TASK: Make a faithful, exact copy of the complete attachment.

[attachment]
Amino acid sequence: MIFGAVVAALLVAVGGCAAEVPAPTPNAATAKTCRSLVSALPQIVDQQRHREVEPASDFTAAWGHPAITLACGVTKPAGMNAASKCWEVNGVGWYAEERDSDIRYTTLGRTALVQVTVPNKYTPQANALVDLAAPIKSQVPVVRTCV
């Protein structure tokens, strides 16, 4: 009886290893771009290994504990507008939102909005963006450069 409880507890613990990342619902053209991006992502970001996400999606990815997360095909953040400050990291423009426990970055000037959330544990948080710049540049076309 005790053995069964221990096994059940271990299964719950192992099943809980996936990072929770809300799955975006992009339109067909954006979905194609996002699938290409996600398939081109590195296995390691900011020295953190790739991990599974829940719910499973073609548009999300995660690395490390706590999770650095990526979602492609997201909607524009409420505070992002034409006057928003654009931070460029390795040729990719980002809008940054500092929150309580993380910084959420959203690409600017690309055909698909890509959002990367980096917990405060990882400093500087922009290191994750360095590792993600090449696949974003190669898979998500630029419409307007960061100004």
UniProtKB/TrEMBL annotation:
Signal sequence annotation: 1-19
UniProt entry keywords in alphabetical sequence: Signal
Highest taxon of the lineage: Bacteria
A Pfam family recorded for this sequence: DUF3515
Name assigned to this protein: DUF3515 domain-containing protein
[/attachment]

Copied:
Amino acid sequence: MIFGAVVAALLVAVGGCAAEVPAPTPNAATAKTCRSLVSALPQIVDQQRHREVEPASDFTAAWGHPAITLACGVTKPAGMNAASKCWEVNGVGWYAEERDSDIRYTTLGRTALVQVTVPNKYTPQANALVDLAAPIKSQVPVVRTCV
């Protein structure tokens, strides 16, 4: 009886290893771009290994504990507008939102909005963006450069 409880507890613990990342619902053209991006992502970001996400999606990815997360095909953040400050990291423009426990970055000037959330544990948080710049540049076309 005790053995069964221990096994059940271990299964719950192992099943809980996936990072929770809300799955975006992009339109067909954006979905194609996002699938290409996600398939081109590195296995390691900011020295953190790739991990599974829940719910499973073609548009999300995660690395490390706590999770650095990526979602492609997201909607524009409420505070992002034409006057928003654009931070460029390795040729990719980002809008940054500092929150309580993380910084959420959203690409600017690309055909698909890509959002990367980096917990405060990882400093500087922009290191994750360095590792993600090449696949974003190669898979998500630029419409307007960061100004």
UniProtKB/TrEMBL annotation:
Signal sequence annotation: 1-19
UniProt entry keywords in alphabetical sequence: Signal
Highest taxon of the lineage: Bacteria
A Pfam family recorded for this sequence: DUF3515
Name assigned to this protein: DUF3515 domain-containing protein